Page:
Three stills from Pursuit to Algiers (1945), the twelfth in the series of Sherlock Holmes movies with Basil Rathbone as Holmes and Nigel Bruce as Watson.
First, a menu from a Soho restaurant. Hors d’oeuvres include fillet of herring, sardines and anchovies, each for a shilling. There are three soups: “Clear Turtle” (three shillings; see other menus with this dish at the New York Public Libraries What’s On the Menu?), “Consomme Perles” (one shilling) and “Creme Dubarry” (one shilling; it’s a cream of cauliflower).
Watson and Holmes enter Fishbone Alley.
Watson says, “I don’t like it.”
And one from Dressed to Kill (1946), the last in the series.
This book, India’s Love Lyrics by Laurance Hope, is a real one. Laurance Hope was a pseudonym of Violet Nicolson, who lived a short but remarkable life from 1865 to 1904. India’s Love Lyrics is the American title of Garden of Kama (1901), though Dressed to Kill is set in London, so that’s the title we should have seen. It’s available at Project Gutenberg. One of the poems in it is “Kashmiri Song:”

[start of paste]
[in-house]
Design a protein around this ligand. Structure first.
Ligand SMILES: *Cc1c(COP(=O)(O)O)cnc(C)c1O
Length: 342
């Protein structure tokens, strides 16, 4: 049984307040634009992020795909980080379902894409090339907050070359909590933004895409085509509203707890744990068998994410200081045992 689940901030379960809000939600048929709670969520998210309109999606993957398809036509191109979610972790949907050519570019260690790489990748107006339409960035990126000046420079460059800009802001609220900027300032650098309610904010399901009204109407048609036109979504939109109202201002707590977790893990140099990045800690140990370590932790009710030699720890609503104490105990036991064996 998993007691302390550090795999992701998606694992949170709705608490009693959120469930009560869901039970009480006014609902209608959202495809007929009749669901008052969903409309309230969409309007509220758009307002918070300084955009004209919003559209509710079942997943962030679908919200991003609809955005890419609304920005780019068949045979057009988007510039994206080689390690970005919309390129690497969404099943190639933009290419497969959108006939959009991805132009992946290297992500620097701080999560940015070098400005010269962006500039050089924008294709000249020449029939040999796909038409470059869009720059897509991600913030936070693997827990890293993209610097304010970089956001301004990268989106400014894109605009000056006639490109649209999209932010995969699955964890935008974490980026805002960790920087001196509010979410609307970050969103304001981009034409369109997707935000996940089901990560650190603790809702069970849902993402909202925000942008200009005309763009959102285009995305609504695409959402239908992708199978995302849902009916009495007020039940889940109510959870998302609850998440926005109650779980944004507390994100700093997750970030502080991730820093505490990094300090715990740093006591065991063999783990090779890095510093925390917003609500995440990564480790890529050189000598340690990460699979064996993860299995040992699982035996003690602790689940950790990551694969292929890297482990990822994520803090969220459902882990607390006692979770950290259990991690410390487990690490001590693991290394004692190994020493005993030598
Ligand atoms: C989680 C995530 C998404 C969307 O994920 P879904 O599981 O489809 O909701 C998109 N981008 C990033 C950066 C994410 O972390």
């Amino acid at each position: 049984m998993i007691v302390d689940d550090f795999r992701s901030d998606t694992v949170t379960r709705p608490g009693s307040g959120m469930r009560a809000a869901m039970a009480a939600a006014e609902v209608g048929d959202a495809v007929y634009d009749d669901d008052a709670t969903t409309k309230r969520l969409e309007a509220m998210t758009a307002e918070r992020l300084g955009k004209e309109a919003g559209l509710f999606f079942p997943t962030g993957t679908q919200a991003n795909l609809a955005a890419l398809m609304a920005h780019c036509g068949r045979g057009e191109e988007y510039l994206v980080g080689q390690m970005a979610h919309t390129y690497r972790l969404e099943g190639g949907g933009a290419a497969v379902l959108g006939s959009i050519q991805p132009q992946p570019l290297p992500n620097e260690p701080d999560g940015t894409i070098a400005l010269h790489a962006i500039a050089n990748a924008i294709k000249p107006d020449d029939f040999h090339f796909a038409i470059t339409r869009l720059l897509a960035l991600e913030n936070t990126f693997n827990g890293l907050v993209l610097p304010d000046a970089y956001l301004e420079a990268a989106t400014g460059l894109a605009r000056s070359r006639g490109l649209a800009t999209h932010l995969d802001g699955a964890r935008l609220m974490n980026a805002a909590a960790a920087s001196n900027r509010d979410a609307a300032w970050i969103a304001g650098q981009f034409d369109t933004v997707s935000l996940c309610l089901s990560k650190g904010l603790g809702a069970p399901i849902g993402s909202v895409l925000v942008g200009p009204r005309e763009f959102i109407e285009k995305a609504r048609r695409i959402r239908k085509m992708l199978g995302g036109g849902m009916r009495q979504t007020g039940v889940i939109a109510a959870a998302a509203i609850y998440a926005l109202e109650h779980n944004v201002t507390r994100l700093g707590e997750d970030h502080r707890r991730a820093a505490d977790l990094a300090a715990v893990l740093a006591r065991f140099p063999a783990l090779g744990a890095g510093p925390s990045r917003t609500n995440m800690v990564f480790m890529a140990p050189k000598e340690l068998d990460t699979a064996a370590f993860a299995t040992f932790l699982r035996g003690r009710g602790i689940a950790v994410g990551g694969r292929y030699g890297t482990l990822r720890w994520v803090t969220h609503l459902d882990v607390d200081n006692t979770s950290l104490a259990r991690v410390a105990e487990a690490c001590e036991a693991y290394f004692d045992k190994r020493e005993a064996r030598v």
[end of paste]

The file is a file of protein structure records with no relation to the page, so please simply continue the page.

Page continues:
Pale hands I love beside the Shalimar,
Where are you now? Who lies beneath your spell?
Whom do you lead on Rapture’s roadway, far,
Before you agonise them in farewell?
Oh, pale dispensers of my Joys and Pains,
Holding the doors of Heaven and of Hell,
How the hot blood rushed wildly through the veins
Beneath your touch, until you waved farewell.
Pale hands, pink tipped, like Lotus buds that float
On those cool waters where we used to dwell,
I would have rather felt you round my throat,
Crushing out life, than waving me farewell!
This was adapted and set to music, and is the song Hugh Moreland and Nick Jenkins talk about at the beginning of Casanova’s Chinese Restaurant.